Image fusion is an important visualization technique of integrating coherent spatial and temporal information into a compact form. Laplacian fusion is a process that combines regions of images from different sources into a single fused image based on a salience selection rule for each region. In this paper, we proposed an algorithmic approach using a mask pyramid to better localize the selection process. A mask pyramid operates in different scales of the image to improve the fused image quality beyond a global selection rule. Several examples of this mask pyramid method are provided to demonstrate its performance in a variety of applications. A new embedded system architecture that builds upon the Acadia ® II Vision Processor is proposed.
Image fusion is a process that combines regions of images from different sources into a single fused image based on a salience selection rule for each region. In this paper, we proposed an algorithmic approach using a mask pyramid to better localize the selection process. A mask pyramid operates in different scales of the image to improve the fused image quality beyond a global selection rule. The proposed approach offers a generic methodology for applications in image enhancement, high dynamic range compression, depth of field extension, and image blending. The mask pyramid can also be encoded for intelligent analysis of source imagery. Several examples of this mask pyramid method are provided to demonstrate its performance in a variety of applications. A new embedded system architecture that builds upon the AcadiaÂ® II Vision Processor is proposed.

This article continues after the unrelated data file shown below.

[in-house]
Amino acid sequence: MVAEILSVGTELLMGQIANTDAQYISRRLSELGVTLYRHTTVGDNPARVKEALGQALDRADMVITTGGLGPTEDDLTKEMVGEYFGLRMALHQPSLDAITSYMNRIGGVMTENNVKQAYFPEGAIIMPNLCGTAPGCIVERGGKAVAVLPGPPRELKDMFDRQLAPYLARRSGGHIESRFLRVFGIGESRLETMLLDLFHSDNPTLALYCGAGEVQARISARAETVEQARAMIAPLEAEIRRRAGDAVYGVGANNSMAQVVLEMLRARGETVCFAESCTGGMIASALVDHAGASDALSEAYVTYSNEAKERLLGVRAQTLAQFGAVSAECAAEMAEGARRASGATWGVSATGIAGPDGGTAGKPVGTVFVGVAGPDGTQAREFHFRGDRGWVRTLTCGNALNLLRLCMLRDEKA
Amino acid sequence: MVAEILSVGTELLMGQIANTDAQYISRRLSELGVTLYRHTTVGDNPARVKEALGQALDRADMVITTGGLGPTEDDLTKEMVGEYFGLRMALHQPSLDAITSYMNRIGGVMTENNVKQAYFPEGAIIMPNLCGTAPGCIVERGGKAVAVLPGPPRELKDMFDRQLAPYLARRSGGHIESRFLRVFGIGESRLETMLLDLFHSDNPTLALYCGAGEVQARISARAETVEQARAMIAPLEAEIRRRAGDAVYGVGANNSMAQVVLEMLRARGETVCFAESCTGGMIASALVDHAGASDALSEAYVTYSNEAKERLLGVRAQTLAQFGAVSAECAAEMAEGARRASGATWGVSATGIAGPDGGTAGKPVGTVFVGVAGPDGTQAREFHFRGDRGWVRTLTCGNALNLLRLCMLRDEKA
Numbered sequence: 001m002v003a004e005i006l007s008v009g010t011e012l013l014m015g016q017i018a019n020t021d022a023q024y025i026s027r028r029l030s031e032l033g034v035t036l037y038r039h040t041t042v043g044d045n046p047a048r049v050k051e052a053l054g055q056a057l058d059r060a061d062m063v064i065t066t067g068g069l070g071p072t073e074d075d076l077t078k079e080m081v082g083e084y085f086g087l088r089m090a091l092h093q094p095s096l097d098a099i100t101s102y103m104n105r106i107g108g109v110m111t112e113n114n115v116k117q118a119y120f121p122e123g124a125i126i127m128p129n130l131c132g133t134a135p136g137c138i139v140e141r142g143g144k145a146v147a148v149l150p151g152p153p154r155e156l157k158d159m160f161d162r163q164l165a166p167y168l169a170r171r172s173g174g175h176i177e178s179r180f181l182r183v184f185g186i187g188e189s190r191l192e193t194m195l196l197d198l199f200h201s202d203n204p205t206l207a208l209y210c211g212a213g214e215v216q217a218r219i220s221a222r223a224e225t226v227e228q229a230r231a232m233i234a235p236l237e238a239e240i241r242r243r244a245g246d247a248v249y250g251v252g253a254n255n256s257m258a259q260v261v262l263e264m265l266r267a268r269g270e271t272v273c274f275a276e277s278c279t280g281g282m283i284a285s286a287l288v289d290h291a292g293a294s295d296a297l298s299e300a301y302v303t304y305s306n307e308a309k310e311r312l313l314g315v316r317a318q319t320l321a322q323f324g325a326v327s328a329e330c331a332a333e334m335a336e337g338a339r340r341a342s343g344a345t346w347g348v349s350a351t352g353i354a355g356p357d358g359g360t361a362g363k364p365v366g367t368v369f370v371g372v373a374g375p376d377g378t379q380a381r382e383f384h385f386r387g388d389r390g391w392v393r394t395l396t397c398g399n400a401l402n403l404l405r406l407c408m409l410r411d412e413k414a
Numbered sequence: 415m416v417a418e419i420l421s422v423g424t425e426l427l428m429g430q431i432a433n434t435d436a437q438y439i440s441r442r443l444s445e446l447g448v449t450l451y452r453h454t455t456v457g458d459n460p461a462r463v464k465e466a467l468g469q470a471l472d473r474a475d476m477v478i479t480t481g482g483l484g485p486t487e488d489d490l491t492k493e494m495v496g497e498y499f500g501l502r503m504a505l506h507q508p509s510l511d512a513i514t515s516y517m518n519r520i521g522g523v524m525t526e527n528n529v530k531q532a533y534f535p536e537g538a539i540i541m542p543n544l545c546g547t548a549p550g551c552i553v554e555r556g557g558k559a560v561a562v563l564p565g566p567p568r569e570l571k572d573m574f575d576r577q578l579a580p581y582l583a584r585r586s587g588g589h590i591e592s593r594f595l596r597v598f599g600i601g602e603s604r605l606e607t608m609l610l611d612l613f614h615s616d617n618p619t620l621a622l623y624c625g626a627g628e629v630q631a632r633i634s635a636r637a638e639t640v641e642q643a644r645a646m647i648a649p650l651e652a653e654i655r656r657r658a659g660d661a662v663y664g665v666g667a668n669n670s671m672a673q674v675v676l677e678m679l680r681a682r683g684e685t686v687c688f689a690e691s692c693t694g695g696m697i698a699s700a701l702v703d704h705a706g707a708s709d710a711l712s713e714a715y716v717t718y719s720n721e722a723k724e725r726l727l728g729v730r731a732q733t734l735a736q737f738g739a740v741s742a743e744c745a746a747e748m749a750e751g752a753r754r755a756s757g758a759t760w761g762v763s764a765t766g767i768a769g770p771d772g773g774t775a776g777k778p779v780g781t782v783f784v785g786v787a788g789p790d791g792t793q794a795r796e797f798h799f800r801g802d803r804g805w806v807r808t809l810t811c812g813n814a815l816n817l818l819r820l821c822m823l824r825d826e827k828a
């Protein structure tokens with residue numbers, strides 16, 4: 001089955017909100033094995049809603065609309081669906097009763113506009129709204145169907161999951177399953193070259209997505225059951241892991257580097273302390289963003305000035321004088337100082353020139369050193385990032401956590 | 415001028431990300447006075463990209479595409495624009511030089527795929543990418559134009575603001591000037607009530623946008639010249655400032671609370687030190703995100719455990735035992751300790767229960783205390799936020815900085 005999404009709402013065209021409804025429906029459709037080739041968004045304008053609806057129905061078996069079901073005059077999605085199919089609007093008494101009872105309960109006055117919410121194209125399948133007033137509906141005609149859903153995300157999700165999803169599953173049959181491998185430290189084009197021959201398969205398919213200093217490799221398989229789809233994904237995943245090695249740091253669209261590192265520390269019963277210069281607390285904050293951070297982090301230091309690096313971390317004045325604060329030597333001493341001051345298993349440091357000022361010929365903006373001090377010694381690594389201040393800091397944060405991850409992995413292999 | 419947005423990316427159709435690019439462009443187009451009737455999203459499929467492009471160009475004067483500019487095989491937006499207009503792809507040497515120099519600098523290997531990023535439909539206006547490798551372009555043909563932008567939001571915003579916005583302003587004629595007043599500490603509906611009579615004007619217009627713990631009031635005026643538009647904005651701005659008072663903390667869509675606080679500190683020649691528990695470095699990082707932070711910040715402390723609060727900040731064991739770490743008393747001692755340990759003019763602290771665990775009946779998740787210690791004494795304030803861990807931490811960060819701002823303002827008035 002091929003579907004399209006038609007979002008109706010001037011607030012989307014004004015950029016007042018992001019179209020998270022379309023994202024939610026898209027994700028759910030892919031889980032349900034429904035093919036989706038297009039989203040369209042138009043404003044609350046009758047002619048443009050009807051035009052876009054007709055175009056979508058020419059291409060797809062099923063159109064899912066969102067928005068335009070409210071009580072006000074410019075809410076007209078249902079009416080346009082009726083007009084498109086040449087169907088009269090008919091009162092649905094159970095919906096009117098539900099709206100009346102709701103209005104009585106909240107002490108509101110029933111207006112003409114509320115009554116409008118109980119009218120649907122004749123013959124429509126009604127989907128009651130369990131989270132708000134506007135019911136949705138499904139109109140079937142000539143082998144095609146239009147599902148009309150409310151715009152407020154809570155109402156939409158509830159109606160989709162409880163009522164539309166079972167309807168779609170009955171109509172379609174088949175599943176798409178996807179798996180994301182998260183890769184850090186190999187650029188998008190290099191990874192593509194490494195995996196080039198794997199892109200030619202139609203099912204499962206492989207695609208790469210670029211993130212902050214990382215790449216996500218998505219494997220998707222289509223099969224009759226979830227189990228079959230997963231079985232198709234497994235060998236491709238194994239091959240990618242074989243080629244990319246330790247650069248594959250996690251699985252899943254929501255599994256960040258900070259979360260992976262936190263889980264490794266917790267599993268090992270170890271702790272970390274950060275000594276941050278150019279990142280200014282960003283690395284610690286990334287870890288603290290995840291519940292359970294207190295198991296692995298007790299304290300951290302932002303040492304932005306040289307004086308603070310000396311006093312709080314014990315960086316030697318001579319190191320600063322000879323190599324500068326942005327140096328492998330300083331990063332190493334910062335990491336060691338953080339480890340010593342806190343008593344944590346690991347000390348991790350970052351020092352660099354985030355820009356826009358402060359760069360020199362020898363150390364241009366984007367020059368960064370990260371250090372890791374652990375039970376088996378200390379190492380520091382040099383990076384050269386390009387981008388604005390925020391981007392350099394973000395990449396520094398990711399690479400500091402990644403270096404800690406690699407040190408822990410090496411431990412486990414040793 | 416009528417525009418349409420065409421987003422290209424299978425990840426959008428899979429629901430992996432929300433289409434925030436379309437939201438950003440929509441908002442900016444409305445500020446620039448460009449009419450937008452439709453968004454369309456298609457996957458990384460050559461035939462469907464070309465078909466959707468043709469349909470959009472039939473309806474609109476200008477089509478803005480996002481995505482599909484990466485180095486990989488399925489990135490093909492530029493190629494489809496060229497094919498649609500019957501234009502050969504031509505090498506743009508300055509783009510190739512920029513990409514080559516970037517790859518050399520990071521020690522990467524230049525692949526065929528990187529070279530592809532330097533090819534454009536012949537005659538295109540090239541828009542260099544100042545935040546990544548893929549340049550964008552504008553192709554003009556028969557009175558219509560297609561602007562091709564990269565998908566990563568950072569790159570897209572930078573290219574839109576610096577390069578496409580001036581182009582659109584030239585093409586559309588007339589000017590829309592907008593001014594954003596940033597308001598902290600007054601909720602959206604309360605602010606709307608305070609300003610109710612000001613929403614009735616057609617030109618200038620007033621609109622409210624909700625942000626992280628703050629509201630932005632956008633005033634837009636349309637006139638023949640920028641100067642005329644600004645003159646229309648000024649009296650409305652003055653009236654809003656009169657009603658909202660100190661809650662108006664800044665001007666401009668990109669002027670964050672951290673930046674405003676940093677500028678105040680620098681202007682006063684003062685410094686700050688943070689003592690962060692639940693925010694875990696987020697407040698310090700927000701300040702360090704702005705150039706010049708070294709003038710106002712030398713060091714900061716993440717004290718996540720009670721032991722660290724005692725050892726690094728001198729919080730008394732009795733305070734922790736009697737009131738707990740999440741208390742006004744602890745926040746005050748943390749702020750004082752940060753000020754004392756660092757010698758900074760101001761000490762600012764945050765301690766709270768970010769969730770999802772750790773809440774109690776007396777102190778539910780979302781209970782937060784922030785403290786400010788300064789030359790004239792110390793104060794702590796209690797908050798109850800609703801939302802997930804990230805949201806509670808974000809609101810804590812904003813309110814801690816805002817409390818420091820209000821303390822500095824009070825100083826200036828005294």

The Sarnoff Acadia® II is a powerful vision processing SoC (System-on-a-Chip) that was specifically developed to support advanced vision applications where system size, weight and/or power are severely constrained. This paper, targeted at vision system developers, presents a detailed technical overview of the Acadia® II, highlighting its architecture, processing capabilities, memory and peripheral interfaces. All major subsystems will be covered, including: video preprocessing, specialized vision processing cores for multi-spectral image fusion, multi-resolution contrast normalization, noise coring, image warping, and motion estimation. Application processing via the MPCore®, an integrated set of four ARM®11 floating point processors with associated peripheral interfaces is presented in detail. The paper will emphasize the programmability of the Acadia® II, while describing its ability to provide state-of-the-art realtime image processing in a small, power optimized package.
Maximizing transmitted video quality at the highest resolution and highest frame rate is desirable ,but multiple approaches can be employed to
maximize transmission quality for the video at a given bitrate.
We present an on-the-move LIDAR-based object detection system for autonomous and semi-autonomous unmanned vehicle systems. In this paper we make several contributions: (i) we describe an algorithm for real-time detection of objects such as doors and stairs in indoor environments; (ii) we describe efficient data structures and algorithms for processing 3D point clouds acquired by laser scanners in a streaming manner, which minimize the memory copying and access. We show qualitative results demonstrating the effectiveness of our approach on runs in an indoor office environment.